So argued Karmenu Vella, EU Commissioner for Environment, Maritime Affairs and Fisheries, in a speech to delegates at the Aqua2018 conference in Montpellier this week.
Speaking at the event he noted that an increase in sustainable aquaculture production was essential to help feed the growing global population.
“These are exciting times for the aquaculture community – the world’s population is growing, we know that we need high quality proteins to feed us all, but we also know that land-based proteins exhaust precious resources. It is clear we can use our oceans more – at present the oceans provide only 2 percent of our daily calorie intake. Clearly the oceans can provide more. Our challenge is to do it sustainably – wild fisheries alone cannot be the answer, instead sustainable aquaculture will have to step up to close the food security gap. And this is not just my opinion – science has come to the same conclusion,” he said.
“As the recent scientific report, ‘Food from the oceans’, points out, sustainable fish farming brings economic growth, jobs and stability to rural and coastal areas. It contributes to food security, it provides consumers with fresh, local and healthy proteins, all the while keeping our oceans healthy and that is why the European Union is working to unblock the remaining obstacles to the sector’s sustainable development. We are encouraging investments and less bureaucracy, we are endorsing a more efficient allocation of maritime space, and we are promoting a positive shift in consumer attitudes. And our work is paying off – in 2014 EU fish farmers registered a record value of more than €4 billion fish that was farmed according to the world’s highest environmental and health and safety standards. And we are ready to share our experience with others beyond the European Union," he added.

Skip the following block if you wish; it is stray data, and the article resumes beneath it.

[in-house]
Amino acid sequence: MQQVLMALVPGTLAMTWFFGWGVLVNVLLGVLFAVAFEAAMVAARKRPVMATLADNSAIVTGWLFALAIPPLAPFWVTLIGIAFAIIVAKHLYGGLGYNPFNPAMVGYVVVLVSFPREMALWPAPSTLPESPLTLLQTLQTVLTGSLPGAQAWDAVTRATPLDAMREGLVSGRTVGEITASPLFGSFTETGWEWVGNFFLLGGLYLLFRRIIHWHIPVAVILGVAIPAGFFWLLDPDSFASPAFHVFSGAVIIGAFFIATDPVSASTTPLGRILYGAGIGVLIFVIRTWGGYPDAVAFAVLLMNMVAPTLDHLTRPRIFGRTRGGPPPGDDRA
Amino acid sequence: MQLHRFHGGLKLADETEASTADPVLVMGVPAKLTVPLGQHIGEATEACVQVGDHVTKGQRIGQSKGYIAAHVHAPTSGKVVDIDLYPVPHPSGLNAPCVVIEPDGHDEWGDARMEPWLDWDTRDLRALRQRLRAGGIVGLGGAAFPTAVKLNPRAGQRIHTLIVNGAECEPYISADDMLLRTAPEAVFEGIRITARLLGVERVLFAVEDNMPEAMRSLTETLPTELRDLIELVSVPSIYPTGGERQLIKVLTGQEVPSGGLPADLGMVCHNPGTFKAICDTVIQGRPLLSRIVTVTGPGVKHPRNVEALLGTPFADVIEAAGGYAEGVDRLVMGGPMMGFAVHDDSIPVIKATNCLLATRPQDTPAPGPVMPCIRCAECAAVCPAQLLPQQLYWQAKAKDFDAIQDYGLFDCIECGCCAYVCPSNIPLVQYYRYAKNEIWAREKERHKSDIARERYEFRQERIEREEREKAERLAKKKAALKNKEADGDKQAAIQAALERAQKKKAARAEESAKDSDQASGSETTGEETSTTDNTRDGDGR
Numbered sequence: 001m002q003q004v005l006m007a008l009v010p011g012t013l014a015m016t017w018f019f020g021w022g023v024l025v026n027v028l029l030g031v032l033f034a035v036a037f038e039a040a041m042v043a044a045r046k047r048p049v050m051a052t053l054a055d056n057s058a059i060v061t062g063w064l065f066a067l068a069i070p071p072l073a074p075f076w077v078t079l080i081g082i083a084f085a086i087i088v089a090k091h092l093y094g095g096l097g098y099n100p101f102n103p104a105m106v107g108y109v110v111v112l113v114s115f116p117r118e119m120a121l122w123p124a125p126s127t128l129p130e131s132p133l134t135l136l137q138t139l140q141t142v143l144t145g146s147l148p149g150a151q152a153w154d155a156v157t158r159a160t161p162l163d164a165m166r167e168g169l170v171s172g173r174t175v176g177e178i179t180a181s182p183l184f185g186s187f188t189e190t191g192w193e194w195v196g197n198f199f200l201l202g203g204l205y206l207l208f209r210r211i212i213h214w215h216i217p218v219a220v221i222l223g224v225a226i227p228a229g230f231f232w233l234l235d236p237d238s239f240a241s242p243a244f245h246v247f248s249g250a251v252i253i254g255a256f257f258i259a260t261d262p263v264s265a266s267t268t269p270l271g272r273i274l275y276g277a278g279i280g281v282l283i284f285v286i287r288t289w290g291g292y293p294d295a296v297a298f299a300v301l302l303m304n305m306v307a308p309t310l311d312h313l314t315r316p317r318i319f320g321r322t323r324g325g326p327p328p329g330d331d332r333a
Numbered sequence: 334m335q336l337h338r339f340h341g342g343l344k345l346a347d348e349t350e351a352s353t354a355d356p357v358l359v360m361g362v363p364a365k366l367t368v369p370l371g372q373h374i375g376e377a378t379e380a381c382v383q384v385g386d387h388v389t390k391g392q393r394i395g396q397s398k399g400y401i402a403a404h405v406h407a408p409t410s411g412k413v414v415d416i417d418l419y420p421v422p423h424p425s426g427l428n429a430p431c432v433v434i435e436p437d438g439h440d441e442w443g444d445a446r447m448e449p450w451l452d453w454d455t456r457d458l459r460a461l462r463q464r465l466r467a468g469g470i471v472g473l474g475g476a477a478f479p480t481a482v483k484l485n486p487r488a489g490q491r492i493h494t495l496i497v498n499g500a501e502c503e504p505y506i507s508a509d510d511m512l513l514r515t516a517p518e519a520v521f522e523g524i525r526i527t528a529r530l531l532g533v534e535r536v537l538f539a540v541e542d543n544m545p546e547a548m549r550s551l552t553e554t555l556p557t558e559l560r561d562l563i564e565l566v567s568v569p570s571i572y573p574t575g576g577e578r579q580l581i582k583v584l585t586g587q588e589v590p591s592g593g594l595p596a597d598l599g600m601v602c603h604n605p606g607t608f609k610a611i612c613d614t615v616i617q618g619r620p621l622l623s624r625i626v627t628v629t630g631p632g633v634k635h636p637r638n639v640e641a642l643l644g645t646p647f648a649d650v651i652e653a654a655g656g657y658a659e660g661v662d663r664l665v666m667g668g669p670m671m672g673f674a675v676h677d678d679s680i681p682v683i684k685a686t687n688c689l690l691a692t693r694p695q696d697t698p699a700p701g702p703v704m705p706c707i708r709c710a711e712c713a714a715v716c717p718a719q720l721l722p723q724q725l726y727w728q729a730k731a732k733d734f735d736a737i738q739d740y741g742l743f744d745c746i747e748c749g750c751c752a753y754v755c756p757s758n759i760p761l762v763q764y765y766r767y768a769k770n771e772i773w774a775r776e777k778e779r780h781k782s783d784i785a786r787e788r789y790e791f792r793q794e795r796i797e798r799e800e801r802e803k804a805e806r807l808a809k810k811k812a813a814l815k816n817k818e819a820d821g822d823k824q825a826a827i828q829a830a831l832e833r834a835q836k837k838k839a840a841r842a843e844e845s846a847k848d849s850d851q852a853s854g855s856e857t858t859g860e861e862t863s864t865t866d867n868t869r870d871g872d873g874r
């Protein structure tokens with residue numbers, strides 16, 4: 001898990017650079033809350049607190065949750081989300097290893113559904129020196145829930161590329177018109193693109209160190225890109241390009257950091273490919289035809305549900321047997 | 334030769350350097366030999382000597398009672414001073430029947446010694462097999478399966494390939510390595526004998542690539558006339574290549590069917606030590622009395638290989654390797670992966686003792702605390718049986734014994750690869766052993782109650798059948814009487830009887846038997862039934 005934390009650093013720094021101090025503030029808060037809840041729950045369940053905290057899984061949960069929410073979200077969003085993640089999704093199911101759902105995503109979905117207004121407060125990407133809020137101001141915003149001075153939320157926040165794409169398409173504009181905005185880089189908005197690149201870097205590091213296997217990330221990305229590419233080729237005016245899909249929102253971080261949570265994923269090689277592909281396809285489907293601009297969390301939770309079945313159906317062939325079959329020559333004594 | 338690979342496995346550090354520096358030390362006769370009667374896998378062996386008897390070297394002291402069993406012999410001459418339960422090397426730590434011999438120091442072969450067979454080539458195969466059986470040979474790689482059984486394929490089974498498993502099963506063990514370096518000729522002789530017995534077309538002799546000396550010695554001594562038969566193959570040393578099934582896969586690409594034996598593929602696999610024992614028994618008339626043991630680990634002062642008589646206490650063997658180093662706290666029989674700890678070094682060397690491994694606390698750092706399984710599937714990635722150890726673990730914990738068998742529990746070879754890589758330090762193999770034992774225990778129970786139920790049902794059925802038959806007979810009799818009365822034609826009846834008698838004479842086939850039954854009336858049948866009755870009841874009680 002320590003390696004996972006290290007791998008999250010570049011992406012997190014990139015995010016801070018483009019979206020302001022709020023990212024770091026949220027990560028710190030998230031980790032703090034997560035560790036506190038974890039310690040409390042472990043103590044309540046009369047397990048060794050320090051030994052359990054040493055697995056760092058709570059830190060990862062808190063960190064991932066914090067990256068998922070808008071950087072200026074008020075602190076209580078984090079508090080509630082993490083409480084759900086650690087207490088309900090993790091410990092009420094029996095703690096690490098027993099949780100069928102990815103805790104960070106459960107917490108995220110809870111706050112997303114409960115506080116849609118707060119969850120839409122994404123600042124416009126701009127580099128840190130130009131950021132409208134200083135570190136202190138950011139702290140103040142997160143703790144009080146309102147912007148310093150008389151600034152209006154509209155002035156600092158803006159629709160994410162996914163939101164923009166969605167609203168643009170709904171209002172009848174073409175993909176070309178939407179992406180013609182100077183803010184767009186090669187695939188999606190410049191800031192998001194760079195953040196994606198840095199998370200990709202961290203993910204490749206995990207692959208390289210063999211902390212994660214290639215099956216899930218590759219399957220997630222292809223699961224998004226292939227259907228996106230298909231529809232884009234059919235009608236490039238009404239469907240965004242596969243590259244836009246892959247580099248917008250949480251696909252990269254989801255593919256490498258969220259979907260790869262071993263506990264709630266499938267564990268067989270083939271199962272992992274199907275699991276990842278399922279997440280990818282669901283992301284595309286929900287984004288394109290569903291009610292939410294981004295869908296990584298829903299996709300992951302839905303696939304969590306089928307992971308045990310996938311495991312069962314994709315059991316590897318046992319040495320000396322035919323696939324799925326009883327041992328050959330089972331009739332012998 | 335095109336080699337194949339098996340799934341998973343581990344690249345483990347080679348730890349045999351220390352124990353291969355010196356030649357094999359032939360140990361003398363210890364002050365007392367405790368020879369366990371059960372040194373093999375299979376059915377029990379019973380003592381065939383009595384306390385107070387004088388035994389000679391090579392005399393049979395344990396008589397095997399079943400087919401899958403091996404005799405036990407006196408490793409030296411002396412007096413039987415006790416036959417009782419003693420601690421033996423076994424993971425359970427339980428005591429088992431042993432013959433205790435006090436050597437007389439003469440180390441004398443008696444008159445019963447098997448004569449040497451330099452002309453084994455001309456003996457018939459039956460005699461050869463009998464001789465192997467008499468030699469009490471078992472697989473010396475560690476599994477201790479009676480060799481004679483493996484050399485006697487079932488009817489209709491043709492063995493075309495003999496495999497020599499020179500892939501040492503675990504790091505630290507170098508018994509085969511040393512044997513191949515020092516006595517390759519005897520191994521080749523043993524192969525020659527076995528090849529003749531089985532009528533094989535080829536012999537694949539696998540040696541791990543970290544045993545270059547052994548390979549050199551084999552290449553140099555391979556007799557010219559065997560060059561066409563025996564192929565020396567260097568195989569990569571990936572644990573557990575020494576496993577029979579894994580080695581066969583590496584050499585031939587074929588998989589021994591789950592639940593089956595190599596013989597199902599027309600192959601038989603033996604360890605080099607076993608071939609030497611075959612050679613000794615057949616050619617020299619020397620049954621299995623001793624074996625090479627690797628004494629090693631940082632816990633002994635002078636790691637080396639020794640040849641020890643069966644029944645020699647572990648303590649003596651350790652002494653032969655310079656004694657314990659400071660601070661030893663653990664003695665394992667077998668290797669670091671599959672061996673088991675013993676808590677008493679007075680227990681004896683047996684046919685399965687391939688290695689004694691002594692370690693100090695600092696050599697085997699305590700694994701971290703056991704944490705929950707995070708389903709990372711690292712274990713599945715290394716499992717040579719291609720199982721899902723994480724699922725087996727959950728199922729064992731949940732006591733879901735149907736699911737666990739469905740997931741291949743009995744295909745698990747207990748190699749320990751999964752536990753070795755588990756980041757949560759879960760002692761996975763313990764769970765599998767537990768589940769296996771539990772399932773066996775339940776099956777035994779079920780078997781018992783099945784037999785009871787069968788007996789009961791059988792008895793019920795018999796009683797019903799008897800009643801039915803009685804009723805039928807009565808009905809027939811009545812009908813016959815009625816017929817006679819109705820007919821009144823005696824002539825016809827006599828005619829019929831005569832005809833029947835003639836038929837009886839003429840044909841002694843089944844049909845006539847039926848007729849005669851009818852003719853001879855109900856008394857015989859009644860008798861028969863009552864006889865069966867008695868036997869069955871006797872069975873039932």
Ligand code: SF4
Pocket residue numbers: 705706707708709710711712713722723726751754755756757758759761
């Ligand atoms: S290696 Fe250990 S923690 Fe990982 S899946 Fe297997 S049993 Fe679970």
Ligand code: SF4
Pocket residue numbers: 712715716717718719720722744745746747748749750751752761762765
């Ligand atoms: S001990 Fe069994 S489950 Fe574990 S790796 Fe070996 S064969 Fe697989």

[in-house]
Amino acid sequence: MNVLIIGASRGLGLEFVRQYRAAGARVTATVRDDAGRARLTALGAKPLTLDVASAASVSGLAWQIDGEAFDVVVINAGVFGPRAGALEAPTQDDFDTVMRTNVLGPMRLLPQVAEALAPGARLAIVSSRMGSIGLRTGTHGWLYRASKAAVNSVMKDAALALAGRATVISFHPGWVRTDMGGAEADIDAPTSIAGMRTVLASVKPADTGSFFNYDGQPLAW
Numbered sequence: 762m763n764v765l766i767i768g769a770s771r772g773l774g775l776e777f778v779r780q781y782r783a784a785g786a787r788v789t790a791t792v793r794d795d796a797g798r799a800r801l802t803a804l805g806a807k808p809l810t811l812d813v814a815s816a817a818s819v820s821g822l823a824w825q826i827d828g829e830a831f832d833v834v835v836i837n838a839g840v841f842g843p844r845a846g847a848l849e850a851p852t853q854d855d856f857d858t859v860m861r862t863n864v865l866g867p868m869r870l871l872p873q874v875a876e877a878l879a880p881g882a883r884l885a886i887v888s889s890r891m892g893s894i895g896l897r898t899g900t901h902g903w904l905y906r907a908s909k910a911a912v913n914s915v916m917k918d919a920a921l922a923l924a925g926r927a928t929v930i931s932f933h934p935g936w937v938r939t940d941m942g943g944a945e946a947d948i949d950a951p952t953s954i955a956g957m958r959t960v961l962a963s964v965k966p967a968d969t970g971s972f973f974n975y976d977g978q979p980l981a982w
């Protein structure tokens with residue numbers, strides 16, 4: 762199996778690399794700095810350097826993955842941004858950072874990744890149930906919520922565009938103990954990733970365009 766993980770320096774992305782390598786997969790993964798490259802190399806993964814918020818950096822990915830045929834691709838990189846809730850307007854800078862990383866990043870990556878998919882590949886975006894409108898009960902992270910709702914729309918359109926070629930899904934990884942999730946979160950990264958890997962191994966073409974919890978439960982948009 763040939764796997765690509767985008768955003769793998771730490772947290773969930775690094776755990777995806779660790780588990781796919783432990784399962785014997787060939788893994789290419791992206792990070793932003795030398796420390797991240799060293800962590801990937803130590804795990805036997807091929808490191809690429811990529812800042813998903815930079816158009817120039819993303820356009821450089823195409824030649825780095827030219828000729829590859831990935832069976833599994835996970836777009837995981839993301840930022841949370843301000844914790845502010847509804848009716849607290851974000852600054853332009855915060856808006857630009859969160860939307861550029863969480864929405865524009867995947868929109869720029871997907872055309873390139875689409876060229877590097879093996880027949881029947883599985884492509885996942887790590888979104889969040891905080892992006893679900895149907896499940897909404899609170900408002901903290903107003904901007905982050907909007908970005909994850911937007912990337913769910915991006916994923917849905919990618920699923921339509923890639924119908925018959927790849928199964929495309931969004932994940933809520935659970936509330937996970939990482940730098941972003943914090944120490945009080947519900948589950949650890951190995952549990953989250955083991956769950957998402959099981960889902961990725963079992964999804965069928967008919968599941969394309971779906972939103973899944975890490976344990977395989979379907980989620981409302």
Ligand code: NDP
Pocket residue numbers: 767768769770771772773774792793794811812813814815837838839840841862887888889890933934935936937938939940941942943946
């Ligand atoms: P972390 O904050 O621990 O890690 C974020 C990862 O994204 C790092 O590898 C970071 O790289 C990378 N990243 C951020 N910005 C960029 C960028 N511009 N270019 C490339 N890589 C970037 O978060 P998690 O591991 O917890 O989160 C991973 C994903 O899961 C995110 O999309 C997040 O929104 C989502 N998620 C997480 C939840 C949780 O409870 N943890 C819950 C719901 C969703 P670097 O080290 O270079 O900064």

“Nearly two out of every three fish we consume in the European Union comes from beyond our shores – we have a global responsibility to ensure that those fish are sources sustainably as well. Ladies and gentlemen, the keys to a successful and sustainable future are in our hands. It is up to us to ensure that the fish on our plates is high quality and sustainably farmed and to respect and preserve all oceans for now and for future generations,” the commissioner concluded.